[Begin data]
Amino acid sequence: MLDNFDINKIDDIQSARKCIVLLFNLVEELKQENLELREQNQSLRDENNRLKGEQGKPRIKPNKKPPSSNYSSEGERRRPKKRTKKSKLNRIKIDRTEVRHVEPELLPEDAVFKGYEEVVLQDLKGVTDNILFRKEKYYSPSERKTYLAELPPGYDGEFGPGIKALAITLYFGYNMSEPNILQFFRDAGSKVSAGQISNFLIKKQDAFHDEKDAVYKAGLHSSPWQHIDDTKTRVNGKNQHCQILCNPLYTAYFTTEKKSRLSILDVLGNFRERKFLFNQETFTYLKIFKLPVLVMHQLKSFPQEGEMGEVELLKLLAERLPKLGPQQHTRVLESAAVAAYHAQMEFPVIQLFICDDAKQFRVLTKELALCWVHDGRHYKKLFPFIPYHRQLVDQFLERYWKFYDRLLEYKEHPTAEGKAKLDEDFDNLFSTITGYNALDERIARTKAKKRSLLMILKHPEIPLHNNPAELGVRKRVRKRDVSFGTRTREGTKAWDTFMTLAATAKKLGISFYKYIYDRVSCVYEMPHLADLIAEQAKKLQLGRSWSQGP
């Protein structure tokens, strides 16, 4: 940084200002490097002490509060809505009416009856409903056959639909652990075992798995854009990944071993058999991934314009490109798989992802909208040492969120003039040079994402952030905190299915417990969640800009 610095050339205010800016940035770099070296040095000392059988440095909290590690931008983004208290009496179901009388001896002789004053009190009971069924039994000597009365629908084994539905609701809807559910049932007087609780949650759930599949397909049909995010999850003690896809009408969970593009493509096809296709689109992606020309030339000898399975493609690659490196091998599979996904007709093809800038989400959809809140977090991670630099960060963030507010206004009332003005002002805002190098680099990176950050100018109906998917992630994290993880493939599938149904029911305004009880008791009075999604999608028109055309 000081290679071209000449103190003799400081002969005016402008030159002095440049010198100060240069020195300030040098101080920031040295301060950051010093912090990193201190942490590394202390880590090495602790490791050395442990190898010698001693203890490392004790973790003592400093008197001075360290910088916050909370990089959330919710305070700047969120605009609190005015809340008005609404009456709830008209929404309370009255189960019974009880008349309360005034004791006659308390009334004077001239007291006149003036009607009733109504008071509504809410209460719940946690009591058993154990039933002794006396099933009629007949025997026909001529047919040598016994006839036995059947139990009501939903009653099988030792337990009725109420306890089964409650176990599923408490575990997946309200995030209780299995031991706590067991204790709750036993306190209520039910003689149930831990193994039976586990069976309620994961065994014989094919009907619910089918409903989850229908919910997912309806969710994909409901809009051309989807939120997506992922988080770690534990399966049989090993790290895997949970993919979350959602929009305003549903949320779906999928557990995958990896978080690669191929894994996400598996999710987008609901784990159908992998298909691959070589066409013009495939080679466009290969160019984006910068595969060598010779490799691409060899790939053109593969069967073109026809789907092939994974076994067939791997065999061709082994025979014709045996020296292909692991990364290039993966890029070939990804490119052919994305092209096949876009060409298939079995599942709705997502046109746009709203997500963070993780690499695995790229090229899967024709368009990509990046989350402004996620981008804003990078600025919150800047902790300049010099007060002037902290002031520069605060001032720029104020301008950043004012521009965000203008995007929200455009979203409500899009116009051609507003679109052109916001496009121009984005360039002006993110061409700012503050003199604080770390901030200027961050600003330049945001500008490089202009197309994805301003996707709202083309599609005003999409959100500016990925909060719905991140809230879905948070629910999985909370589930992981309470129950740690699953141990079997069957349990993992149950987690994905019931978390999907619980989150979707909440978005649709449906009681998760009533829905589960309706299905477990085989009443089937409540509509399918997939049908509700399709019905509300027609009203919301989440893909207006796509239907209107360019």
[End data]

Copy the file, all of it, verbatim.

Amino acid sequence: MLDNFDINKIDDIQSARKCIVLLFNLVEELKQENLELREQNQSLRDENNRLKGEQGKPRIKPNKKPPSSNYSSEGERRRPKKRTKKSKLNRIKIDRTEVRHVEPELLPEDAVFKGYEEVVLQDLKGVTDNILFRKEKYYSPSERKTYLAELPPGYDGEFGPGIKALAITLYFGYNMSEPNILQFFRDAGSKVSAGQISNFLIKKQDAFHDEKDAVYKAGLHSSPWQHIDDTKTRVNGKNQHCQILCNPLYTAYFTTEKKSRLSILDVLGNFRERKFLFNQETFTYLKIFKLPVLVMHQLKSFPQEGEMGEVELLKLLAERLPKLGPQQHTRVLESAAVAAYHAQMEFPVIQLFICDDAKQFRVLTKELALCWVHDGRHYKKLFPFIPYHRQLVDQFLERYWKFYDRLLEYKEHPTAEGKAKLDEDFDNLFSTITGYNALDERIARTKAKKRSLLMILKHPEIPLHNNPAELGVRKRVRKRDVSFGTRTREGTKAWDTFMTLAATAKKLGISFYKYIYDRVSCVYEMPHLADLIAEQAKKLQLGRSWSQGP
């Protein structure tokens, strides 16, 4: 940084200002490097002490509060809505009416009856409903056959639909652990075992798995854009990944071993058999991934314009490109798989992802909208040492969120003039040079994402952030905190299915417990969640800009 610095050339205010800016940035770099070296040095000392059988440095909290590690931008983004208290009496179901009388001896002789004053009190009971069924039994000597009365629908084994539905609701809807559910049932007087609780949650759930599949397909049909995010999850003690896809009408969970593009493509096809296709689109992606020309030339000898399975493609690659490196091998599979996904007709093809800038989400959809809140977090991670630099960060963030507010206004009332003005002002805002190098680099990176950050100018109906998917992630994290993880493939599938149904029911305004009880008791009075999604999608028109055309 000081290679071209000449103190003799400081002969005016402008030159002095440049010198100060240069020195300030040098101080920031040295301060950051010093912090990193201190942490590394202390880590090495602790490791050395442990190898010698001693203890490392004790973790003592400093008197001075360290910088916050909370990089959330919710305070700047969120605009609190005015809340008005609404009456709830008209929404309370009255189960019974009880008349309360005034004791006659308390009334004077001239007291006149003036009607009733109504008071509504809410209460719940946690009591058993154990039933002794006396099933009629007949025997026909001529047919040598016994006839036995059947139990009501939903009653099988030792337990009725109420306890089964409650176990599923408490575990997946309200995030209780299995031991706590067991204790709750036993306190209520039910003689149930831990193994039976586990069976309620994961065994014989094919009907619910089918409903989850229908919910997912309806969710994909409901809009051309989807939120997506992922988080770690534990399966049989090993790290895997949970993919979350959602929009305003549903949320779906999928557990995958990896978080690669191929894994996400598996999710987008609901784990159908992998298909691959070589066409013009495939080679466009290969160019984006910068595969060598010779490799691409060899790939053109593969069967073109026809789907092939994974076994067939791997065999061709082994025979014709045996020296292909692991990364290039993966890029070939990804490119052919994305092209096949876009060409298939079995599942709705997502046109746009709203997500963070993780690499695995790229090229899967024709368009990509990046989350402004996620981008804003990078600025919150800047902790300049010099007060002037902290002031520069605060001032720029104020301008950043004012521009965000203008995007929200455009979203409500899009116009051609507003679109052109916001496009121009984005360039002006993110061409700012503050003199604080770390901030200027961050600003330049945001500008490089202009197309994805301003996707709202083309599609005003999409959100500016990925909060719905991140809230879905948070629910999985909370589930992981309470129950740690699953141990079997069957349990993992149950987690994905019931978390999907619980989150979707909440978005649709449906009681998760009533829905589960309706299905477990085989009443089937409540509509399918997939049908509700399709019905509300027609009203919301989440893909207006796509239907209107360019």